[Category: In Class]
Incorporating Blended Learning in the Classroom
by Ross Anderson
Blended Learning, in its modern context has come to be recognised as the mix of traditional face to face teaching and online learning opportunities. More and more these lines are being blurred and some spectators often refer to this as just learning! Whatever the opinion it has become clear, that in a more social and media connected world, students, are accessing a wealth of information online when, where and how they choose. Why is this a problem? Well, its not! In fact, it’s a great opportunity for education to grasp this, harness the power and shape how students or learners interpret and utilise this information.
In many general FE colleges in the UK ‘Blended Learning’ has become a more integrated and staple delivery method for vocational education. This offers educational institutions a better range of delivery options and greater flexibility in delivering focussed and more relevant learning. Working in Further Education for the best part of 15 years I have been involved in the planning, preparation, design, creation and delivery of blended learning. More recently I have managed this at an institutional level, by ensuring staff and students are appropriately supported to deliver high quality, effective online learning.
Throughout this time I have seen some of the very best (and some of the worst) Blended Learning! What separates them is the attention to detail on planning learning. There are many, many technologies available and these can be deployed in also many, many ways. However, it is critical to not lose sight that you are planning learning! You are creating a story, a journey, a quest, an experience where a student will develop and apply new understandings.
So how can you make Blended Learning more effective?
- In my experience it is essential to have clear aims for what you want the student to achieve. Make this clear and this will guide you student on their path. It will also provide a baseline for students to help measure their success and be challenging enough to want to thrive for more.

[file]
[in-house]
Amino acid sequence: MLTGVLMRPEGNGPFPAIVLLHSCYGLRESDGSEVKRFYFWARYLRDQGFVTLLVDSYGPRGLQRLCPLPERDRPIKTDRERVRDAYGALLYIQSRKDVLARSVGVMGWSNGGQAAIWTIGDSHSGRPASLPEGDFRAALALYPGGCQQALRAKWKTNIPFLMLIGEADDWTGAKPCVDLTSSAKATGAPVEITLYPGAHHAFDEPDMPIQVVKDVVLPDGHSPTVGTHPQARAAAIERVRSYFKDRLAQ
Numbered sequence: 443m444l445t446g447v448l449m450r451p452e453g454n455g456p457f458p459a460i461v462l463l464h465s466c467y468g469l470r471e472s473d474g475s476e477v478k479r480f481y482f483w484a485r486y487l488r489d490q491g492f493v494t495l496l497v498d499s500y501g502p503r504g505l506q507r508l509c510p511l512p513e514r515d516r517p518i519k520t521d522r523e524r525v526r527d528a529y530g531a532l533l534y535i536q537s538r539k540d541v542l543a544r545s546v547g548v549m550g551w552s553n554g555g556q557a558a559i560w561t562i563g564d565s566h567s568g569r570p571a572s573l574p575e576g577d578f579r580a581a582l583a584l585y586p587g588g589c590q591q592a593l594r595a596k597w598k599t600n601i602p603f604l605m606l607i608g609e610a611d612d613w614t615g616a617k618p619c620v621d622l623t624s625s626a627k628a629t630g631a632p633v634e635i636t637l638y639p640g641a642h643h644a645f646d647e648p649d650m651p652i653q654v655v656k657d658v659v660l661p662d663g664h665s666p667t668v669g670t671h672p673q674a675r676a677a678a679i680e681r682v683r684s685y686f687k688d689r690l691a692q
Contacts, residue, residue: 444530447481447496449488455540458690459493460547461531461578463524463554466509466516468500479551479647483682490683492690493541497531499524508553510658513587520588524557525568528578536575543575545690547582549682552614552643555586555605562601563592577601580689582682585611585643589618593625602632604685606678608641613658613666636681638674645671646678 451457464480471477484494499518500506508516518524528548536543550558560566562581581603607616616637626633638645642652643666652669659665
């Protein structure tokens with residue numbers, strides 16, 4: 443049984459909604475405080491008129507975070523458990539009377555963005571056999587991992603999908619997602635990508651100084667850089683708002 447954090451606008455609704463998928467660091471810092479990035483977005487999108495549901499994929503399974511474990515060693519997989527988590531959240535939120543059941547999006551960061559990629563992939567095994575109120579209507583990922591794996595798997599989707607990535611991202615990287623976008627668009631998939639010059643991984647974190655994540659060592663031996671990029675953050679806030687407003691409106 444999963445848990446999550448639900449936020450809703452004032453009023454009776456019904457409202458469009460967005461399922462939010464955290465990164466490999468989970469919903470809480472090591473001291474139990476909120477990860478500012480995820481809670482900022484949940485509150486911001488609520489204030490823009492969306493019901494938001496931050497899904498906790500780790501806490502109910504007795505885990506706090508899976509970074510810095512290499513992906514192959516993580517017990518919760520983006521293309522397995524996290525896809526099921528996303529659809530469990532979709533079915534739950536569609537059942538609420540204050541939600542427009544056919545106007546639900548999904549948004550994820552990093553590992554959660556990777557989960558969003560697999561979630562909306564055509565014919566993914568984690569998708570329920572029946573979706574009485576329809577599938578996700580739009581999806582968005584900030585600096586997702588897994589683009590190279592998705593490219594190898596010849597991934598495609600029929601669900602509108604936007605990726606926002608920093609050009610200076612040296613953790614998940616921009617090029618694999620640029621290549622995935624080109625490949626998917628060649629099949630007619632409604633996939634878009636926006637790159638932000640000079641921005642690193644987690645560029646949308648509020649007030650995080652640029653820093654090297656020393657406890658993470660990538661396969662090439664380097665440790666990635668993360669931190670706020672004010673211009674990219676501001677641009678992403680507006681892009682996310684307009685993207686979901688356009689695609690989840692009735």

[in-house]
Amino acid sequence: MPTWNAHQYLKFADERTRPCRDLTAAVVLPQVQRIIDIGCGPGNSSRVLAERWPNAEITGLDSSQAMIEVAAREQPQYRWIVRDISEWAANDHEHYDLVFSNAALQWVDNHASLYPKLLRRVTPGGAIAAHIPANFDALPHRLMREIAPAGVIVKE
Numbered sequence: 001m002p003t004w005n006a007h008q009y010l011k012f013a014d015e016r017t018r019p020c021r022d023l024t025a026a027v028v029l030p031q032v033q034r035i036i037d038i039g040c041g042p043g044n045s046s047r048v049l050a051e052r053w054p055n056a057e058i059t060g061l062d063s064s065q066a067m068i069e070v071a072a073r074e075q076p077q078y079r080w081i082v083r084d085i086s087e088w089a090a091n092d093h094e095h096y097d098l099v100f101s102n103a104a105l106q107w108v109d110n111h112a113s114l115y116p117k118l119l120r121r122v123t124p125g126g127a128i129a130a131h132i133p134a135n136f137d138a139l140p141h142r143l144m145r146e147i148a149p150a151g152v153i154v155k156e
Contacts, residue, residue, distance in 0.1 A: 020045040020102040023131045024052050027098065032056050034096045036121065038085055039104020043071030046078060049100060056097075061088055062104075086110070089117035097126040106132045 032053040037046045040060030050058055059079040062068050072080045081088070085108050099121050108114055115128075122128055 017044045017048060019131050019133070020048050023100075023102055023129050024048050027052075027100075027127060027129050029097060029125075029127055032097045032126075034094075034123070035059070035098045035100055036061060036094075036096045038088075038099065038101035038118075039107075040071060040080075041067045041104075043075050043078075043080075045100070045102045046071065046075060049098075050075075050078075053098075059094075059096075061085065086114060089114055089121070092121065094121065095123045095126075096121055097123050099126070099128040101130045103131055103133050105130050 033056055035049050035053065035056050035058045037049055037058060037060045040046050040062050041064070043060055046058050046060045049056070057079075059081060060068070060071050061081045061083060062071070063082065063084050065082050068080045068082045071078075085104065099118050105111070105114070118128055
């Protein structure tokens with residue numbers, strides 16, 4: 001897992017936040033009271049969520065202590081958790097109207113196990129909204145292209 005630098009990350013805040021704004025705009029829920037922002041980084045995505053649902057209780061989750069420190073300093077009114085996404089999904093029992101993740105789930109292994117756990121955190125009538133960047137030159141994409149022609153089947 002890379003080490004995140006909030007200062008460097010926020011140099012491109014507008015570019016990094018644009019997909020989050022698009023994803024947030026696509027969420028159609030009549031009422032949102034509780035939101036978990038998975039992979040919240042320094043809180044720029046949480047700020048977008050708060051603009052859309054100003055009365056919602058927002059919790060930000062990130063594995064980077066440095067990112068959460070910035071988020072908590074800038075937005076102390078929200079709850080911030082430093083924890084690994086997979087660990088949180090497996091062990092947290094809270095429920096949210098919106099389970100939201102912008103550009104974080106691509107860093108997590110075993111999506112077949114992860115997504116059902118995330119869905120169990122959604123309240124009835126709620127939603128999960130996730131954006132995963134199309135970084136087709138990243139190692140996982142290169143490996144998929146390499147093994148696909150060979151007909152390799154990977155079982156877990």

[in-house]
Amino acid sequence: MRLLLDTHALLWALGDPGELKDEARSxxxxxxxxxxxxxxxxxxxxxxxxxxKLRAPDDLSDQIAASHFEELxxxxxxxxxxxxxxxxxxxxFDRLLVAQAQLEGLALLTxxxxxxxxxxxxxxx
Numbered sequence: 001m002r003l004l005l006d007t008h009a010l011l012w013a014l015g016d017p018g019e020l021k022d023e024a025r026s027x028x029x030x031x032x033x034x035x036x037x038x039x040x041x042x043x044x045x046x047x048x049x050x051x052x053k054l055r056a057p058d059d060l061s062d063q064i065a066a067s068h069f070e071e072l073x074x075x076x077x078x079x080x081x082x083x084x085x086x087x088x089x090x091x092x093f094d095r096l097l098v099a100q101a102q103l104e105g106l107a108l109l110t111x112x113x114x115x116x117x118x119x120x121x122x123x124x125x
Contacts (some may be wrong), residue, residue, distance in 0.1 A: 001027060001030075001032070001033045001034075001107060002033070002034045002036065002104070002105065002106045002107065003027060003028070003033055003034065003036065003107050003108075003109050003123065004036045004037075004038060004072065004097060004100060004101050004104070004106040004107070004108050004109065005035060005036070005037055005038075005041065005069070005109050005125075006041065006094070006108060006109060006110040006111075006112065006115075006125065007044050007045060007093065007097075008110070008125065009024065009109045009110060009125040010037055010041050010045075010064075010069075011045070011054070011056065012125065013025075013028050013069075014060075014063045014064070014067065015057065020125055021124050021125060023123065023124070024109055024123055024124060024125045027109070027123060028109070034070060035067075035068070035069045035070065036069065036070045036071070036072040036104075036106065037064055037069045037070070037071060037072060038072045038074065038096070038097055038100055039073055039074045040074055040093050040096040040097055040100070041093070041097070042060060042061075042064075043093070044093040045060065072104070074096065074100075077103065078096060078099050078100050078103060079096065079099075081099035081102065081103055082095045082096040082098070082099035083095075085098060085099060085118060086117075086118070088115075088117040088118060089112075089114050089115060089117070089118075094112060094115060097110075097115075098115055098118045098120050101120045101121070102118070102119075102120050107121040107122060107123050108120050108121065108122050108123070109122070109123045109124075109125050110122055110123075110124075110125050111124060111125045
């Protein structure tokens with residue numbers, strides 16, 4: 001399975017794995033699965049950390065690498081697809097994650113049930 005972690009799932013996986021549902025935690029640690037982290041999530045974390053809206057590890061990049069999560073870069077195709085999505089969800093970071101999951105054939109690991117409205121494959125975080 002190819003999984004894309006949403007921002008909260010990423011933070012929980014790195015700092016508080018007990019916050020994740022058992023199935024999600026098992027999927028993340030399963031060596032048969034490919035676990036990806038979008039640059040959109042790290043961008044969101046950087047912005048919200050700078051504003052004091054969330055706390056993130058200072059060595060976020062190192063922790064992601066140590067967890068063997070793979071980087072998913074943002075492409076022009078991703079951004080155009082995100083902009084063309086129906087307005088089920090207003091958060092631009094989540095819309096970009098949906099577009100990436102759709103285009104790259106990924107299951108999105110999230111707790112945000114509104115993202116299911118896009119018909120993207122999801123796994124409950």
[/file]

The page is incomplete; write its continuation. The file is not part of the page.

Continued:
- Create a range of different tasks or activities that challenge learners at different levels. Just watching a YouTube clip is not effective, but requiring the student to analyse and discuss it has more impact. Ask them to create their own video or use a range of online tools to present their findings in more than just words.
- Create room for social discourse. Students already do it, online and in social networks. Why not create this in your Blended delivery either by forums, chat rooms or online webinars? Facilitate and empower students to become engaged in their own learning.
- Practical and effective assessment is also a must. Students need feedback, don’t we all! But simple Yes/No questions wont expand learners thinking. Create peer and self-assessment activities that can be dissected in more face to face opportunities.
- Offer Flipped Learning. A relatively new concept where students undertake the knowledge building outside the classroom and then apply it to situations in the classroom. This allows the students to practically apply their learning and promotes a greater understanding by directly applying the theory, in-action.
Good planning and understanding of how your students learn will allow you to plan effective Blended Learning. Remembering that the ‘Face to Face’ and ‘Online’ elements are one and the same will reap benefits. Creating a continuous learning path where learners can step off occasionally and still reach their destination will
help promote effective Blended Learning.
Finally, if you require some further insight then there is some great support out there with organisations like Jisc who are supporting institutions with excellent tools and feedback on using technology effectively. Also, smaller regional networks such as the Digital Technologies Network, who take a multi institution, regional approach to supporting technology and Blended Learning.
Ross Anderson is currently the Elearning Ambassador for North Lindsey College in Scunthorpe and is responsible for overseeing the use of technology for teaching, learning and assessment as well as developing staff skills with a range of technologies. He has worked in Further Education for over 12 years with over 5 years specialising in E-learning with particular interests in Blended and Flipped learning, Gamification and Mobile Technologies.